Pregnancy Loss Testing (CMA)

Patients who have experienced a miscarriage often want to know the reason for their loss. For families seeking answers, Pacific Rim Pathology’s CMA provides an improved alternative to traditional methods.

Chromosomal Microarray (CMA) testing can help patients to:

 

Indications for use of CMA:

Intrauterine fetal demise or stillbirth

Pregnancy loss or termination in the presence of fetal abnormalities

Recurrent fetal losses of unknown etiology

CMA detects a wide range of chromosome abnormalities

Advantages of Chromsomal Microarray Analysis (CMA) over Karyotyping (Conventional chromosome analysis)

5-10 day test result turnaround time allows for faster follow up care.

Types of Test Results

There are typically three types of microarray analysis test results:

Normal: A normal test result means that microarray testing did not detect any chromosomal abnormalities at the 200KB resolution level.

Abnormal: An abnormal test result means that microarray testing did detect extra or missing chromosomal information. If your test result is abnormal, your doctor will provide more specific information about the abnormality detected and whether genetic studies on you and your partner are recommended.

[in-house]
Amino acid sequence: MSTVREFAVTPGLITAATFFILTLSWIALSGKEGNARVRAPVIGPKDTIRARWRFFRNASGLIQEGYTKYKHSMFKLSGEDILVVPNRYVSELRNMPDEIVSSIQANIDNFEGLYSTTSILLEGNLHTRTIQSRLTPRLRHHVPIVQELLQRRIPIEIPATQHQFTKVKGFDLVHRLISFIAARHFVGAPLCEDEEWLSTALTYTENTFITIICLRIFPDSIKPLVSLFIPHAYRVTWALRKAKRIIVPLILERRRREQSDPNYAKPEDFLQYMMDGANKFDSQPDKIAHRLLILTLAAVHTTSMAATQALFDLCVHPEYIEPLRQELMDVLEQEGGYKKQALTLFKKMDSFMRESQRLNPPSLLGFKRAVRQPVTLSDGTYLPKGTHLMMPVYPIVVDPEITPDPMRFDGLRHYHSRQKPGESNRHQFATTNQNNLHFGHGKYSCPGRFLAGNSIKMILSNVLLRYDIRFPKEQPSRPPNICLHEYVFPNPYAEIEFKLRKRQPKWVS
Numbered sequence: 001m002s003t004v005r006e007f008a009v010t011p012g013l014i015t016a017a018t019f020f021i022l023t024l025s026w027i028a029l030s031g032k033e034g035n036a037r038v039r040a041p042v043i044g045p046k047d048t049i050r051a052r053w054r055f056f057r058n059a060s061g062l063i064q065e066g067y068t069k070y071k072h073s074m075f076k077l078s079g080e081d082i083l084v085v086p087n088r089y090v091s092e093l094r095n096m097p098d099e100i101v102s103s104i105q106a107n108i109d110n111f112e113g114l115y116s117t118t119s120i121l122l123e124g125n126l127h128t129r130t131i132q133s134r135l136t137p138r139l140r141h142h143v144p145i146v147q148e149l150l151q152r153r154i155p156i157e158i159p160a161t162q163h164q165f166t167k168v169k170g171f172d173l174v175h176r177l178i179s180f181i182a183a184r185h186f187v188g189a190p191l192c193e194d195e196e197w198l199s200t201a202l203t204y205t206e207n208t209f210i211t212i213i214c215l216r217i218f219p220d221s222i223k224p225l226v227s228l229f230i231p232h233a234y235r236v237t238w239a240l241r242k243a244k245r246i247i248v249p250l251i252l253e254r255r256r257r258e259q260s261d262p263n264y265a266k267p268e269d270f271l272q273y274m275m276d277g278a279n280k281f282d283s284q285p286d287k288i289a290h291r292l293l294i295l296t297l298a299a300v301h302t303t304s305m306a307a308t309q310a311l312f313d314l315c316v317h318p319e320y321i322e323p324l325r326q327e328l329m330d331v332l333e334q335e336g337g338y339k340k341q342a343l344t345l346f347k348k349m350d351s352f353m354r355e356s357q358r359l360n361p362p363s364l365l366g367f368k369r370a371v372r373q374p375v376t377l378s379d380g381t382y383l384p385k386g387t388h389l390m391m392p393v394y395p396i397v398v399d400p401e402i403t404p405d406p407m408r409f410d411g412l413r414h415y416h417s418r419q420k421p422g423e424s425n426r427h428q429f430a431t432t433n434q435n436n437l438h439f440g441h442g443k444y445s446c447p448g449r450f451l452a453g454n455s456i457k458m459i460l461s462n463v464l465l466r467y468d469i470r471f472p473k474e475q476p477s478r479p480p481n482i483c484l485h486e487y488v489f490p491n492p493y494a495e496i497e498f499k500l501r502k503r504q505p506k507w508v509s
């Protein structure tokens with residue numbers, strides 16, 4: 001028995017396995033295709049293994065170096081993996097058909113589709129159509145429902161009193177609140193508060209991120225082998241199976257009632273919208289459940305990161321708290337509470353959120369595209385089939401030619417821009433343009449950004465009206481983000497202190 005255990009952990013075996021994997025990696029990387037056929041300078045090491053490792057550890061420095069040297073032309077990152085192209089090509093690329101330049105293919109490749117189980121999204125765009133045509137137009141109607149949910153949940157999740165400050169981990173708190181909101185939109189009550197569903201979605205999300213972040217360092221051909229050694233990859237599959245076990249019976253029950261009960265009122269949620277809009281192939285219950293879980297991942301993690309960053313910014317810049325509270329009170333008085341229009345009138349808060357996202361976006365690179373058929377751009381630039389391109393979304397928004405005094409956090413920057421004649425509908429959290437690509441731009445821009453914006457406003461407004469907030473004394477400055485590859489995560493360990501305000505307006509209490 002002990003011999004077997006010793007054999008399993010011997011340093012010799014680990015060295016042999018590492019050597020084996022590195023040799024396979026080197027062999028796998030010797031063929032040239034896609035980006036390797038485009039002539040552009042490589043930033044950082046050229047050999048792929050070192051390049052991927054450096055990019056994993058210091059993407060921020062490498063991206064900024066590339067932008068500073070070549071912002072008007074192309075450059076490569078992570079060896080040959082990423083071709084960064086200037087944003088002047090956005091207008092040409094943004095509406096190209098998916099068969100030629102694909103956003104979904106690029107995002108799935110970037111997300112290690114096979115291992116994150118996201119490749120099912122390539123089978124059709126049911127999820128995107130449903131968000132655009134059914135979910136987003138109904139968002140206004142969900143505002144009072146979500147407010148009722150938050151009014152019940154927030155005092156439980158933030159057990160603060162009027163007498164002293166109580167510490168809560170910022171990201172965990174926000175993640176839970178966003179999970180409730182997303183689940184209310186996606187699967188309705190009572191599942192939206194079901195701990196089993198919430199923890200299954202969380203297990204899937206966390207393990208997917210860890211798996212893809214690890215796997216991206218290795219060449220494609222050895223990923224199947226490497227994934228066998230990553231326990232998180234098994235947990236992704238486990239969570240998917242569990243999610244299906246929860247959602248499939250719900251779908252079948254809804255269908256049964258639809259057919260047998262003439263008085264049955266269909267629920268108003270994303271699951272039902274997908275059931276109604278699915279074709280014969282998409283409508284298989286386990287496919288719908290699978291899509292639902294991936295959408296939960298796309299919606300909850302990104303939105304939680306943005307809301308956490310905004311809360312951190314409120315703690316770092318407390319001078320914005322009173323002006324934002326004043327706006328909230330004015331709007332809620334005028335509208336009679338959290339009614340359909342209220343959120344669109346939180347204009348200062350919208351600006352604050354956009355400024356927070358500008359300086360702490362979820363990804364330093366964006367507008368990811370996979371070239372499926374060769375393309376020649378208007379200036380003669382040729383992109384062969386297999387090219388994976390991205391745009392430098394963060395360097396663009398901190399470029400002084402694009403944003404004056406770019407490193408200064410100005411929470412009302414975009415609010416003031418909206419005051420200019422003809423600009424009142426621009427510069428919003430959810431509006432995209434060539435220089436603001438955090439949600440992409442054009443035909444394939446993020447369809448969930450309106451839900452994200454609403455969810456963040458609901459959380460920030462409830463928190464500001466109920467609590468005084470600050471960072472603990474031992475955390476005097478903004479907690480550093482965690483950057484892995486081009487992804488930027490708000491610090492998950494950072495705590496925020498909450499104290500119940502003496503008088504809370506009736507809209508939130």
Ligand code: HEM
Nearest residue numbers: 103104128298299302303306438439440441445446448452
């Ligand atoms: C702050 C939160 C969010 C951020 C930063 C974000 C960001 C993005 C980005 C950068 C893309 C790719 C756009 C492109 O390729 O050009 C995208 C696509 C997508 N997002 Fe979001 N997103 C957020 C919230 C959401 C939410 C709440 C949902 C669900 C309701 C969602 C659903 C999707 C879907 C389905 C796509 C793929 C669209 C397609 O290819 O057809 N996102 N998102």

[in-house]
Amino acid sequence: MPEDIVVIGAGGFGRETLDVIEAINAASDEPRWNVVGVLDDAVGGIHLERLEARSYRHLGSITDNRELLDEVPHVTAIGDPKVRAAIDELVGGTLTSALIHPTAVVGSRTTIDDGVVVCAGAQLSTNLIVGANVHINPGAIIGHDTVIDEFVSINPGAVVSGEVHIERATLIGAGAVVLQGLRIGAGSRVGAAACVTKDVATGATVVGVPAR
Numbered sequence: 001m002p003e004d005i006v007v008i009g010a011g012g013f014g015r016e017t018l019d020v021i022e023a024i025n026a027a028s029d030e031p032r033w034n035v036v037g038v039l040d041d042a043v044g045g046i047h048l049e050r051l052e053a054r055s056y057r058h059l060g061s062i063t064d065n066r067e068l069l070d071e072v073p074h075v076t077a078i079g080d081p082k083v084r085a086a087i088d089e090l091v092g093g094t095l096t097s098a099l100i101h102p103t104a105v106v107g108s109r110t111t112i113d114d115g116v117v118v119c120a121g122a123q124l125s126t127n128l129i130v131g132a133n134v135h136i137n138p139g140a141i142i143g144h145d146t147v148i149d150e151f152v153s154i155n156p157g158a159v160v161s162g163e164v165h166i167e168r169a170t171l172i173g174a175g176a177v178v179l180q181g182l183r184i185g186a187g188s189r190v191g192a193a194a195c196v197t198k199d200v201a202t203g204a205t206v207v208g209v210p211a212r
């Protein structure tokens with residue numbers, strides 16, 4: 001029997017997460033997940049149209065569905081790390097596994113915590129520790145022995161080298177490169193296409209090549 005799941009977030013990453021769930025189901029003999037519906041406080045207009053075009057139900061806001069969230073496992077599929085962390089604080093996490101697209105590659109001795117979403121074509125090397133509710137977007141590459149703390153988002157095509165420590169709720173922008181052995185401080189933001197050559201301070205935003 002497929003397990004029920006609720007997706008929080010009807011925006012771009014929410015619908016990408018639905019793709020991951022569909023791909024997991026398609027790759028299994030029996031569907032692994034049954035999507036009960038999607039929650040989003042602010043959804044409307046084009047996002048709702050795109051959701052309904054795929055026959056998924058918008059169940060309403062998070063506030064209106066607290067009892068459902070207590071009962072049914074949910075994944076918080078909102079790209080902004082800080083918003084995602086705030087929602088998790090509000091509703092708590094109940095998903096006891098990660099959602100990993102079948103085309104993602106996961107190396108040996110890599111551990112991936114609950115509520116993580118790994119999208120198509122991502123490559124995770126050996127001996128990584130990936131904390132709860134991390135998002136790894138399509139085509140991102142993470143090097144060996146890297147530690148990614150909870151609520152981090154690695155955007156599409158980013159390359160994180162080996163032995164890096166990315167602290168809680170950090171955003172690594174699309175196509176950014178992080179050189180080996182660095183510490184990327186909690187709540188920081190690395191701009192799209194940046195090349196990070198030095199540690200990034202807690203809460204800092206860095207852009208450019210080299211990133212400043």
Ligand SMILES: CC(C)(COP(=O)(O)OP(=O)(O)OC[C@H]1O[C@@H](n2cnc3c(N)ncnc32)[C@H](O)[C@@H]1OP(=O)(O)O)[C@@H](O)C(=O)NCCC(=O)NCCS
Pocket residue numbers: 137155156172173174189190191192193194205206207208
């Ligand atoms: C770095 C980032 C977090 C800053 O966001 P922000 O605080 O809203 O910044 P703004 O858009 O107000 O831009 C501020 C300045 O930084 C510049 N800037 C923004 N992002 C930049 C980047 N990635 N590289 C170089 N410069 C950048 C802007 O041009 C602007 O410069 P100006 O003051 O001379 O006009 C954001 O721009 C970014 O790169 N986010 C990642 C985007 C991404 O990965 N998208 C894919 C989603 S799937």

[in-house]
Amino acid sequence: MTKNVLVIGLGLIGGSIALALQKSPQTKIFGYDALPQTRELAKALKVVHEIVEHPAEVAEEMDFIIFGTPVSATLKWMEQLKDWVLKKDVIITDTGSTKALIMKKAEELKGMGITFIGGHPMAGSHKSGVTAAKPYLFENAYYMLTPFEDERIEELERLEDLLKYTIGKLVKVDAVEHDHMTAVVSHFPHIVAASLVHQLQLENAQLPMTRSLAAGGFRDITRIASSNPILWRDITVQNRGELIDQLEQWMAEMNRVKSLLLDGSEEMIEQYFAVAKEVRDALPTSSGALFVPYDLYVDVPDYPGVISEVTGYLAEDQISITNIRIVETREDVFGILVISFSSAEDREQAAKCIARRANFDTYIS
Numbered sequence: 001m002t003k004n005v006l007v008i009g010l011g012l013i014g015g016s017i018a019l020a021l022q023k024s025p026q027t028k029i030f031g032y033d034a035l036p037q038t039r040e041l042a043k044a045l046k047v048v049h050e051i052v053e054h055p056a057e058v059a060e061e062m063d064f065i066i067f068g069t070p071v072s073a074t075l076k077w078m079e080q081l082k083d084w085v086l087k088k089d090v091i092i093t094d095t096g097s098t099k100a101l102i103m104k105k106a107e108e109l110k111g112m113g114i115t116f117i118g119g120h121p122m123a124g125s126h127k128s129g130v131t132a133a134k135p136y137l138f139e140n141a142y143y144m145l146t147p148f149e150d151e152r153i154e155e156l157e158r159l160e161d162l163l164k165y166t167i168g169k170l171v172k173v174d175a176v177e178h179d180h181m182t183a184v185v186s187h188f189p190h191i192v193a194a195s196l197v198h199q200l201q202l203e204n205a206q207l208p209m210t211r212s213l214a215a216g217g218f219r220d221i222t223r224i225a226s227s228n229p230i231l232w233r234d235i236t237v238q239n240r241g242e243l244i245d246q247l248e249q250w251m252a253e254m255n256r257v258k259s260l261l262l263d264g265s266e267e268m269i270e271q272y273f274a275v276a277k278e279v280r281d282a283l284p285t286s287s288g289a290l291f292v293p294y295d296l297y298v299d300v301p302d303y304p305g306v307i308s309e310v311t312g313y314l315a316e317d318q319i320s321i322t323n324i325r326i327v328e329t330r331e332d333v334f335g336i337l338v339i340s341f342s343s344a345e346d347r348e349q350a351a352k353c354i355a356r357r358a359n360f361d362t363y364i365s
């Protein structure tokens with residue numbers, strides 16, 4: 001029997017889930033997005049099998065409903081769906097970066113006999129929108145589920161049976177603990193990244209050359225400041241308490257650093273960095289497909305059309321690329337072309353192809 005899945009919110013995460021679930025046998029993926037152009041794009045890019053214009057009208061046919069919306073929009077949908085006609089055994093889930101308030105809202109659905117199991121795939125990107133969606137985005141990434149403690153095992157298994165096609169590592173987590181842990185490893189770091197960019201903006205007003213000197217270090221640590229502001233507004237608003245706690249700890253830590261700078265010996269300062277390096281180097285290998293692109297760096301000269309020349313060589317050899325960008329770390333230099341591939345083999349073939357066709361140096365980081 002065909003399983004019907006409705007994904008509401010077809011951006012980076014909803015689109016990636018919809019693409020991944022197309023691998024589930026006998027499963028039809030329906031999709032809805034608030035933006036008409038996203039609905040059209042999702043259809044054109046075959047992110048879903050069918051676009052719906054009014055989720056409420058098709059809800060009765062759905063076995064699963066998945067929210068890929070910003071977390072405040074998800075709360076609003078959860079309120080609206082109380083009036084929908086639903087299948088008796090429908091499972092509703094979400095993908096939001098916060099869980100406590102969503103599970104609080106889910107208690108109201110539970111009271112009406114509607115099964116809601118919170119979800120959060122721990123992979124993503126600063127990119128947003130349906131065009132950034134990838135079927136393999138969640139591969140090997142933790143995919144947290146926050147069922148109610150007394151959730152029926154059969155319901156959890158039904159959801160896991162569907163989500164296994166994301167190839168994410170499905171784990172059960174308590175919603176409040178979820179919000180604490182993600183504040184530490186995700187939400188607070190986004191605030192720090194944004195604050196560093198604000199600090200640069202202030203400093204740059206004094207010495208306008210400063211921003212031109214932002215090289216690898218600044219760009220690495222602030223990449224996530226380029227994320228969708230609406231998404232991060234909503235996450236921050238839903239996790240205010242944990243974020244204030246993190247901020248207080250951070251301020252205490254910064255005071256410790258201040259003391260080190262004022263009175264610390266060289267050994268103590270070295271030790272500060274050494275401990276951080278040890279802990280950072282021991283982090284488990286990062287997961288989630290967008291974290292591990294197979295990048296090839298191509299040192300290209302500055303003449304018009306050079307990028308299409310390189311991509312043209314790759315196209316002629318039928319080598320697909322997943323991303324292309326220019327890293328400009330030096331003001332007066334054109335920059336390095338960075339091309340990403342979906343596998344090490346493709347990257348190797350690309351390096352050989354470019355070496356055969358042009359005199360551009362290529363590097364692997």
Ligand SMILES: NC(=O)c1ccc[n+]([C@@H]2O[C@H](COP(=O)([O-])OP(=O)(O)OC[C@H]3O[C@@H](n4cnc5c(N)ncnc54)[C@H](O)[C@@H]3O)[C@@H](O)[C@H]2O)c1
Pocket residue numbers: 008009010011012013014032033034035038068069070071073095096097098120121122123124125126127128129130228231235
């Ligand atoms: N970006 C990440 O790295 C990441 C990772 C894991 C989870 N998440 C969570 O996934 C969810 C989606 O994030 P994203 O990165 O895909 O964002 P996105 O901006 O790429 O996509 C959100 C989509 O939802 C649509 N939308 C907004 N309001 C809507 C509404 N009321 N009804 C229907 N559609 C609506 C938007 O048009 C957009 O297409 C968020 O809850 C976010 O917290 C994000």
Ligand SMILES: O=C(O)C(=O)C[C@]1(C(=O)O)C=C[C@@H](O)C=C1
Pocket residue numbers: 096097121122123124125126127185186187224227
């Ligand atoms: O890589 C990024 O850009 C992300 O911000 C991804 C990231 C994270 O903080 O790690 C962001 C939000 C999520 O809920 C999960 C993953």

Variant of Uncertain Significance (VOUS ): A VOUS result means that chromosomal microarray testing identified extra or missing genetic information but that this change is not well understood or is very rare. In this situation, it is not possible to determine with certainty whether the change to the chromosomal information was the cause of the miscarriage.

 Genetic Counseling

ACOG (American Congress of Obstetricians and Gynecologists) also states that genetic testing should always be preceded and followed by genetic counseling.  Genetic counseling typically includes, but is not necessarily limited to, a description of the test methodology; the objective of the test; risks, benefits, and limitations of testing.  Post-test counseling for a positive test (a conclusive diagnosis) may include a review of the family history, and a discussion of considering testing of at-risk family members.  Genetic counseling may also include a discussion of the potential to identify findings of uncertain significance, consanguinity, and adult-onset disease (ACOG, 2013).

Pregnancy Loss Testing Physician Brochure

POC Specimen Collection and Handling Information Sheet_rev7